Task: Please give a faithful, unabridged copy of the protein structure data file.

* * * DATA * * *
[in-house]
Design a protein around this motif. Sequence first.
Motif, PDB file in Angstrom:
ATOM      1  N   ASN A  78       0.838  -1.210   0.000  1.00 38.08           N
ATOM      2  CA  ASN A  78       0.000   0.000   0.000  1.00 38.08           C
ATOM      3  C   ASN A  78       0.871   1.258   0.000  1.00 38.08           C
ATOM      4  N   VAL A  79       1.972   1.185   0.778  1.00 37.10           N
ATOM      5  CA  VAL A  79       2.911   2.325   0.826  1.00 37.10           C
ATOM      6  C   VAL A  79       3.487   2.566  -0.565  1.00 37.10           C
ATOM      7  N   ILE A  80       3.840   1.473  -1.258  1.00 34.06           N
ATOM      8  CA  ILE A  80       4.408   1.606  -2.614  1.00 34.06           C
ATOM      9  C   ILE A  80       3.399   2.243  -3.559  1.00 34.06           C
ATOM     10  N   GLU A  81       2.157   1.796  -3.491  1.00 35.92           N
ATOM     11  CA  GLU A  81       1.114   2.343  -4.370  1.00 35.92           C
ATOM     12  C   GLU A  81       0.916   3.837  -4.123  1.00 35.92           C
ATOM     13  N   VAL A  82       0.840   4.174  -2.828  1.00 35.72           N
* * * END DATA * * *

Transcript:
[in-house]
Design a protein around this motif. Sequence first.
Motif, PDB file in Angstrom:
ATOM      1  N   ASN A  78       0.838  -1.210   0.000  1.00 38.08           N
ATOM      2  CA  ASN A  78       0.000   0.000   0.000  1.00 38.08           C
ATOM      3  C   ASN A  78       0.871   1.258   0.000  1.00 38.08           C
ATOM      4  N   VAL A  79       1.972   1.185   0.778  1.00 37.10           N
ATOM      5  CA  VAL A  79       2.911   2.325   0.826  1.00 37.10           C
ATOM      6  C   VAL A  79       3.487   2.566  -0.565  1.00 37.10           C
ATOM      7  N   ILE A  80       3.840   1.473  -1.258  1.00 34.06           N
ATOM      8  CA  ILE A  80       4.408   1.606  -2.614  1.00 34.06           C
ATOM      9  C   ILE A  80       3.399   2.243  -3.559  1.00 34.06           C
ATOM     10  N   GLU A  81       2.157   1.796  -3.491  1.00 35.92           N
ATOM     11  CA  GLU A  81       1.114   2.343  -4.370  1.00 35.92           C
ATOM     12  C   GLU A  81       0.916   3.837  -4.123  1.00 35.92           C
ATOM     13  N   VAL A  82       0.840   4.174  -2.828  1.00 35.72           N